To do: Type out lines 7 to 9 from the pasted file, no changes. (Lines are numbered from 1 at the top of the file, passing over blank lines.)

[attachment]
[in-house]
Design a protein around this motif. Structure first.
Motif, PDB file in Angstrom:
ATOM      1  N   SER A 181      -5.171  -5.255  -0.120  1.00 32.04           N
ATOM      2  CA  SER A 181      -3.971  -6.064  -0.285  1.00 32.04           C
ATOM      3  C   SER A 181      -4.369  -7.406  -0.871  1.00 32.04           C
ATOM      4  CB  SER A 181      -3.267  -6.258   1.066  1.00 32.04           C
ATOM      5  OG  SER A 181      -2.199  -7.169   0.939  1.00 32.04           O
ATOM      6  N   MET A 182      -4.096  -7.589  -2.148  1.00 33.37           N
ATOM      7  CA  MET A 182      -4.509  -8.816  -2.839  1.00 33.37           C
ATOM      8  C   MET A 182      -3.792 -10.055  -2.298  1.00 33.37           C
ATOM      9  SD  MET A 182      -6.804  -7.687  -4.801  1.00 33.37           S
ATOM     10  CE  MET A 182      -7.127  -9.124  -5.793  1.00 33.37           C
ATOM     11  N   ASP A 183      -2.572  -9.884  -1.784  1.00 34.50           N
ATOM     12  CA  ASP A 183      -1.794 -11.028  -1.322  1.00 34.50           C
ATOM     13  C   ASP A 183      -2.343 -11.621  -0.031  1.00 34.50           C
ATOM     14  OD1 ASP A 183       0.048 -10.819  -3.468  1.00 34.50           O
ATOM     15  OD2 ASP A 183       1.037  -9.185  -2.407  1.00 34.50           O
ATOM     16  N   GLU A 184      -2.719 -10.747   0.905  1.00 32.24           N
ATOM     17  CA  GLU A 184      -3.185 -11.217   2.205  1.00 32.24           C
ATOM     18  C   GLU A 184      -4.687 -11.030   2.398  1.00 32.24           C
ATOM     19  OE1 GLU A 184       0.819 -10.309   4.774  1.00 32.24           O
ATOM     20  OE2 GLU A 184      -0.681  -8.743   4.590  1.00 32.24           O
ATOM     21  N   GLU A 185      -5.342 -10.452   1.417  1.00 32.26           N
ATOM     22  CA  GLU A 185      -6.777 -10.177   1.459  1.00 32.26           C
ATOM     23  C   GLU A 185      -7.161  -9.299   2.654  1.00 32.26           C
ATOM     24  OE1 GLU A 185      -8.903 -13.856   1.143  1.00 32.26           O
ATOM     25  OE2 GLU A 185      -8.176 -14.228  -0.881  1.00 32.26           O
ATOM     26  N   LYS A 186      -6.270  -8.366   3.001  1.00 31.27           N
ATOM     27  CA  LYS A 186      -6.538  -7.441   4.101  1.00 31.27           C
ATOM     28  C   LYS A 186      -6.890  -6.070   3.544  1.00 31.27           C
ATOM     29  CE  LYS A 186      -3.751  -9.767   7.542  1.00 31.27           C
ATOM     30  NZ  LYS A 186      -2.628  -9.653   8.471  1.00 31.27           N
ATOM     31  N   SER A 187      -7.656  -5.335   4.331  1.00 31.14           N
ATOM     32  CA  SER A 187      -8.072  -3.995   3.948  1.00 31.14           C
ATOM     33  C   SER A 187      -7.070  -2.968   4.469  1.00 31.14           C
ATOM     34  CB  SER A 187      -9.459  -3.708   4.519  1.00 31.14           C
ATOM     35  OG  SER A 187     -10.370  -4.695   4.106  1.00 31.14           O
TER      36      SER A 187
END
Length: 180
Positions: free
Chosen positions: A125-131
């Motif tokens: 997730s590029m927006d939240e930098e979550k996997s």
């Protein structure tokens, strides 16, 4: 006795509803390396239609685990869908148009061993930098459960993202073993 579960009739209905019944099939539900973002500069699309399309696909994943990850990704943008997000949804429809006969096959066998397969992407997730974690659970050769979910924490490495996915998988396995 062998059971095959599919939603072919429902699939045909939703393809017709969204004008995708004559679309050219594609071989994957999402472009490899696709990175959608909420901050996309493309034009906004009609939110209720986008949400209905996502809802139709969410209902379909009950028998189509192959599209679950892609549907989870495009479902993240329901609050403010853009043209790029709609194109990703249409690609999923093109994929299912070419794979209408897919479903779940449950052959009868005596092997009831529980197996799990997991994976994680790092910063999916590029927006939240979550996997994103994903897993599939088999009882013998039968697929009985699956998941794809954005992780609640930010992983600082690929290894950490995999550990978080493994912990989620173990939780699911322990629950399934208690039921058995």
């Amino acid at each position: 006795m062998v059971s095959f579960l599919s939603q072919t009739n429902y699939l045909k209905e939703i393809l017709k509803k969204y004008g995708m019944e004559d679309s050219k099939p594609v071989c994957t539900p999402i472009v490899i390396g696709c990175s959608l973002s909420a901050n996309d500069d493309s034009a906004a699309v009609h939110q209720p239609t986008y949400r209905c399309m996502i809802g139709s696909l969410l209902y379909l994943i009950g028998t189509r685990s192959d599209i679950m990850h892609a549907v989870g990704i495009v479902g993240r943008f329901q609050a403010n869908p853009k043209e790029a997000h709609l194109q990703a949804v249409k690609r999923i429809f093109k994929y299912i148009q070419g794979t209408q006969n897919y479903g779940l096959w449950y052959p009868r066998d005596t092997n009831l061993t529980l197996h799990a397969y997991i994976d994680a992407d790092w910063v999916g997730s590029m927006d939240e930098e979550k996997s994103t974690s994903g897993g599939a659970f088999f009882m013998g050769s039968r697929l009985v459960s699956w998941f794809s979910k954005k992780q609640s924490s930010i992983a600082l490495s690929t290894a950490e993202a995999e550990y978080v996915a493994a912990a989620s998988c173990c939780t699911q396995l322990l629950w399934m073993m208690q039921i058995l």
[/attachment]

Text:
ATOM      4  CB  SER A 181      -3.267  -6.258   1.066  1.00 32.04           C
ATOM      5  OG  SER A 181      -2.199  -7.169   0.939  1.00 32.04           O
ATOM      6  N   MET A 182      -4.096  -7.589  -2.148  1.00 33.37           N